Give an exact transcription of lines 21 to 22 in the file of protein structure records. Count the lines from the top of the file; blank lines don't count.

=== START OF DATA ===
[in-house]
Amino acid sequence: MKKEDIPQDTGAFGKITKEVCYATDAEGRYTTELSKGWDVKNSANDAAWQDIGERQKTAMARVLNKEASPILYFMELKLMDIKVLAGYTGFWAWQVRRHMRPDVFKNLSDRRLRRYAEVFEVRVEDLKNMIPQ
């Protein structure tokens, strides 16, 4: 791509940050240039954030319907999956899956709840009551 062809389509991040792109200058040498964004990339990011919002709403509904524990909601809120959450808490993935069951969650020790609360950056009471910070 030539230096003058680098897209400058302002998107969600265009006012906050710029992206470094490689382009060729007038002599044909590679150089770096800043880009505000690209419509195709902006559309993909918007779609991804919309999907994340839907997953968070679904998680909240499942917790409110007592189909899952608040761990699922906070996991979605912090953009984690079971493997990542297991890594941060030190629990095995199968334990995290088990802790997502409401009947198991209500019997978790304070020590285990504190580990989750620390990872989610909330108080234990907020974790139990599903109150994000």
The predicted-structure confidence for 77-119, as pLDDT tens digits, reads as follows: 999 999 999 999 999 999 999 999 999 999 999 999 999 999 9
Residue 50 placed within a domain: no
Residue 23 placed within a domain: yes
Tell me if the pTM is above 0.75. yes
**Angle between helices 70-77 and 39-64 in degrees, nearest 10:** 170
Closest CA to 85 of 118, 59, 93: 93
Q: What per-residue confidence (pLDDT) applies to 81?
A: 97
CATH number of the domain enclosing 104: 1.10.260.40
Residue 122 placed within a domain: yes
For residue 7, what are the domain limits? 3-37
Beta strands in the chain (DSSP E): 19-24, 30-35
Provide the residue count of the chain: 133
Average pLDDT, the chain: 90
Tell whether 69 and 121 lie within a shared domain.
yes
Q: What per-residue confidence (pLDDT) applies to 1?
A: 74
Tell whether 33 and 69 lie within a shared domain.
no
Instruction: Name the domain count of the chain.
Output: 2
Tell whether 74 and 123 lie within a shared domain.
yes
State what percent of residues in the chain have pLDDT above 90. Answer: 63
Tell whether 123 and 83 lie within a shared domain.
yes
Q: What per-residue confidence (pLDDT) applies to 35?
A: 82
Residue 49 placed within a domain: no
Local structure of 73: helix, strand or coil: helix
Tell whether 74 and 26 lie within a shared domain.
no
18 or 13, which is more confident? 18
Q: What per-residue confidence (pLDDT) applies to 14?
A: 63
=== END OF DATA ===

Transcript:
A: 74
Tell whether 33 and 69 lie within a shared domain.